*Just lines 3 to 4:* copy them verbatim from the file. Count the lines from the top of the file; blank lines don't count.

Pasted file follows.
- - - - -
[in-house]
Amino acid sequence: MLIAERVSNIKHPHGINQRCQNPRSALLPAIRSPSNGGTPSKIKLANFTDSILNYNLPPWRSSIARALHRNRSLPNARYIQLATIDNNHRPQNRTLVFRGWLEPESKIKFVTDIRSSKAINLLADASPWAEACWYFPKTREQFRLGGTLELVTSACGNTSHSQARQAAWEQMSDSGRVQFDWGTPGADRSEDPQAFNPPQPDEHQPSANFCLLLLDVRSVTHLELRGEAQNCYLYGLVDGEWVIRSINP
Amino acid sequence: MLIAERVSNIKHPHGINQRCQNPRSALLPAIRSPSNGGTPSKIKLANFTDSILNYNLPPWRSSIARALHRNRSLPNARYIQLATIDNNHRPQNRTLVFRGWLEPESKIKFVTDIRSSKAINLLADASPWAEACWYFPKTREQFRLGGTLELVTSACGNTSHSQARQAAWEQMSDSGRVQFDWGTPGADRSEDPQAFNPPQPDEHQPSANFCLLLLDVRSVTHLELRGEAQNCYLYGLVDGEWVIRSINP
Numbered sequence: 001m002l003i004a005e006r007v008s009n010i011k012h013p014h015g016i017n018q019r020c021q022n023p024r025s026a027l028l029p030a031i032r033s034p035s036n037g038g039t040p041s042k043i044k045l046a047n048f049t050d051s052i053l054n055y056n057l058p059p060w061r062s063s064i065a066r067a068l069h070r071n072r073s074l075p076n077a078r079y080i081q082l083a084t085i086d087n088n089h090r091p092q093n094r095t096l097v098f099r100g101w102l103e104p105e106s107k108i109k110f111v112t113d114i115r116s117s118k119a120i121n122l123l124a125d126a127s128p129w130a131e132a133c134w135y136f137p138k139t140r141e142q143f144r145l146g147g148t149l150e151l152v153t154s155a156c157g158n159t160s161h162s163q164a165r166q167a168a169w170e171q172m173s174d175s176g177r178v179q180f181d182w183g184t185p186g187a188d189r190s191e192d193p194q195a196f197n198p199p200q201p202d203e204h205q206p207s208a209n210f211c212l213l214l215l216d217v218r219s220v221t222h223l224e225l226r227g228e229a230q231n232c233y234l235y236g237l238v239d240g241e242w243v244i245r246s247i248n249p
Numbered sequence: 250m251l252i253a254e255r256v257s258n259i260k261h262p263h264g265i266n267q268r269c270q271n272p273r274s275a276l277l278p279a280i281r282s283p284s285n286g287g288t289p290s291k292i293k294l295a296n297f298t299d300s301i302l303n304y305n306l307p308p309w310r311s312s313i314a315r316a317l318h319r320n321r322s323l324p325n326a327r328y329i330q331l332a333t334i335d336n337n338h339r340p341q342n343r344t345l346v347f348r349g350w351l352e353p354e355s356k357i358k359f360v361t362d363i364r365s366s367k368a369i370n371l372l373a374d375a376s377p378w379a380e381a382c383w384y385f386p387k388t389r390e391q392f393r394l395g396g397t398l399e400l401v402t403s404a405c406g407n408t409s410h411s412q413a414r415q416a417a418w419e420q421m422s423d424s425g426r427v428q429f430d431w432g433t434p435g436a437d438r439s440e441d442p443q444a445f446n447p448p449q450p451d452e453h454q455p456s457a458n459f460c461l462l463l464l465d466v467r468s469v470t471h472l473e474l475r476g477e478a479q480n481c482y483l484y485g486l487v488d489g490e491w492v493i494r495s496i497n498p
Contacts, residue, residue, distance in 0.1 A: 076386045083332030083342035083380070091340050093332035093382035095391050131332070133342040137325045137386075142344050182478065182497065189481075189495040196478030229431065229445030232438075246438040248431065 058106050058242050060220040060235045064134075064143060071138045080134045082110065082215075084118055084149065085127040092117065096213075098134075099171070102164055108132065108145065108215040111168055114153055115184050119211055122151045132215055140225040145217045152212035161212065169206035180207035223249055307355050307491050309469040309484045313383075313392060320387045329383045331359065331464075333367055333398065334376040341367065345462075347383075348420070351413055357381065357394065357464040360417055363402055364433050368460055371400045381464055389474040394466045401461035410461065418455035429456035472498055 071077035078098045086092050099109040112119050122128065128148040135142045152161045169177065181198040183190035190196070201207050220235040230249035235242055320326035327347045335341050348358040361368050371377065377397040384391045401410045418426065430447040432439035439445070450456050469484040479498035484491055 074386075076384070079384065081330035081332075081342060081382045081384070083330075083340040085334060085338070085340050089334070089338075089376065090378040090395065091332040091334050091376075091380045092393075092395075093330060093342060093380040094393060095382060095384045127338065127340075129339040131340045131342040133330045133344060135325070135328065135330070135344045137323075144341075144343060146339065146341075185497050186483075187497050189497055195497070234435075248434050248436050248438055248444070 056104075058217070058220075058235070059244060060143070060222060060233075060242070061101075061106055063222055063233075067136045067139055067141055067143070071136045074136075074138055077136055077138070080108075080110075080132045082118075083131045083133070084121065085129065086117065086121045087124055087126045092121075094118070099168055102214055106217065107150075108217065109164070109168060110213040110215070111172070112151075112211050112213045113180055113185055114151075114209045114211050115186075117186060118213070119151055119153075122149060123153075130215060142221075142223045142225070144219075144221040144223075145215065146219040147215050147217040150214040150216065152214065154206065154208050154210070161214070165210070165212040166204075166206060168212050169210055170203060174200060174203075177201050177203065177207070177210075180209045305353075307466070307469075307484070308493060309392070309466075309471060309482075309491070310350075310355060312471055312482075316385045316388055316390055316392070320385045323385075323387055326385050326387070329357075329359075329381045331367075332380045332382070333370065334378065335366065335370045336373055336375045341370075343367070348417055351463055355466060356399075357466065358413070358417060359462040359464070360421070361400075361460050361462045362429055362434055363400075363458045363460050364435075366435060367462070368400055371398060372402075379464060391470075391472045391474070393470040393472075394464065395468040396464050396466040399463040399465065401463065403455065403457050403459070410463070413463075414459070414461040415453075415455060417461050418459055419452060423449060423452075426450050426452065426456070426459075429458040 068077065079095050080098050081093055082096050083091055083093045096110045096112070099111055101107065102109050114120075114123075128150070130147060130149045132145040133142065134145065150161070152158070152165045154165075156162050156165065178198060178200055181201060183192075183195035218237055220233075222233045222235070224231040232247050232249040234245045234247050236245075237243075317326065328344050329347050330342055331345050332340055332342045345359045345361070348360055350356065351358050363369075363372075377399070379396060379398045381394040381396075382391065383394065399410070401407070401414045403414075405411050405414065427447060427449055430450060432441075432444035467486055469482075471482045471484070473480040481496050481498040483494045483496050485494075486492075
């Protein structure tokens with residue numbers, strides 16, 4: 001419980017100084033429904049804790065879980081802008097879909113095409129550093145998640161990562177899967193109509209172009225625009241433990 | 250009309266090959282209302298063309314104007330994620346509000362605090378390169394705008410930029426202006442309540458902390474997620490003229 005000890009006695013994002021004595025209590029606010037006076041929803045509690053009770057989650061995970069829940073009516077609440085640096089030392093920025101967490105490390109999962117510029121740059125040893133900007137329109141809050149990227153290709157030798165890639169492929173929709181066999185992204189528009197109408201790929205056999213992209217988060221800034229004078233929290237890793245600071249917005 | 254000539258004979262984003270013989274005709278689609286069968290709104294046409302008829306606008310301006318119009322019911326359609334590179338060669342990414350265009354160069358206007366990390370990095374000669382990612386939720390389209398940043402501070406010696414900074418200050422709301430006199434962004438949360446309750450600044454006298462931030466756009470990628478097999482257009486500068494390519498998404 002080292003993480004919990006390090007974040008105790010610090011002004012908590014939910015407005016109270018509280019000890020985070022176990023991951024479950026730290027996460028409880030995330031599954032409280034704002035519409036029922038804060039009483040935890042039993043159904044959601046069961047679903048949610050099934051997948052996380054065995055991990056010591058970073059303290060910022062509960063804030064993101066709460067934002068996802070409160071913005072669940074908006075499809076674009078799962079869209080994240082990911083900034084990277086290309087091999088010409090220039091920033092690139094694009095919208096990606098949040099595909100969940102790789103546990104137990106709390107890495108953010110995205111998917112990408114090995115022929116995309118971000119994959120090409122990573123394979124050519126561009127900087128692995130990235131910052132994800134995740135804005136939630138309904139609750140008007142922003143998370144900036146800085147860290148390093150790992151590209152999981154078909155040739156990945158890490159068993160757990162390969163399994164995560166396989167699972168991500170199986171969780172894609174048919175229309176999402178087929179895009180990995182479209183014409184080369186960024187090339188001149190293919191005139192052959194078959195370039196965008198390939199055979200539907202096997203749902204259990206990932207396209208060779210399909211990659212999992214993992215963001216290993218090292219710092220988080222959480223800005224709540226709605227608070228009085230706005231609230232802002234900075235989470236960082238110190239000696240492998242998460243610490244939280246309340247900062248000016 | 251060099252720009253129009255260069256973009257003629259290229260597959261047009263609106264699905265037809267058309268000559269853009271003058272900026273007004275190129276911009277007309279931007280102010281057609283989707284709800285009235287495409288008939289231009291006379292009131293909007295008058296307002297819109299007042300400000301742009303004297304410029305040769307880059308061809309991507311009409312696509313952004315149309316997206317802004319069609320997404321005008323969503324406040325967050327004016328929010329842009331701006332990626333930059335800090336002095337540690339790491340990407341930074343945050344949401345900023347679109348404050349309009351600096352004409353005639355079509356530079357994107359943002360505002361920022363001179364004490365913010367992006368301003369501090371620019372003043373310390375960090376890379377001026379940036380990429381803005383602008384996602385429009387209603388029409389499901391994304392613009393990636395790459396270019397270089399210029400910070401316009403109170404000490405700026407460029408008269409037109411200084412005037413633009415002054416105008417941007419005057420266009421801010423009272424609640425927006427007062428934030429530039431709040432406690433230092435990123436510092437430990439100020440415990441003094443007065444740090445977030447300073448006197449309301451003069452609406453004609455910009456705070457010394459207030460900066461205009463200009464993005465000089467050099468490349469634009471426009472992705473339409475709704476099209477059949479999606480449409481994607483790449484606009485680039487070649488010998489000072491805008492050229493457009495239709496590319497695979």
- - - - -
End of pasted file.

Amino acid sequence: MLIAERVSNIKHPHGINQRCQNPRSALLPAIRSPSNGGTPSKIKLANFTDSILNYNLPPWRSSIARALHRNRSLPNARYIQLATIDNNHRPQNRTLVFRGWLEPESKIKFVTDIRSSKAINLLADASPWAEACWYFPKTREQFRLGGTLELVTSACGNTSHSQARQAAWEQMSDSGRVQFDWGTPGADRSEDPQAFNPPQPDEHQPSANFCLLLLDVRSVTHLELRGEAQNCYLYGLVDGEWVIRSINP
Numbered sequence: 001m002l003i004a005e006r007v008s009n010i011k012h013p014h015g016i017n018q019r020c021q022n023p024r025s026a027l028l029p030a031i032r033s034p035s036n037g038g039t040p041s042k043i044k045l046a047n048f049t050d051s052i053l054n055y056n057l058p059p060w061r062s063s064i065a066r067a068l069h070r071n072r073s074l075p076n077a078r079y080i081q082l083a084t085i086d087n088n089h090r091p092q093n094r095t096l097v098f099r100g101w102l103e104p105e106s107k108i109k110f111v112t113d114i115r116s117s118k119a120i121n122l123l124a125d126a127s128p129w130a131e132a133c134w135y136f137p138k139t140r141e142q143f144r145l146g147g148t149l150e151l152v153t154s155a156c157g158n159t160s161h162s163q164a165r166q167a168a169w170e171q172m173s174d175s176g177r178v179q180f181d182w183g184t185p186g187a188d189r190s191e192d193p194q195a196f197n198p199p200q201p202d203e204h205q206p207s208a209n210f211c212l213l214l215l216d217v218r219s220v221t222h223l224e225l226r227g228e229a230q231n232c233y234l235y236g237l238v239d240g241e242w243v244i245r246s247i248n249p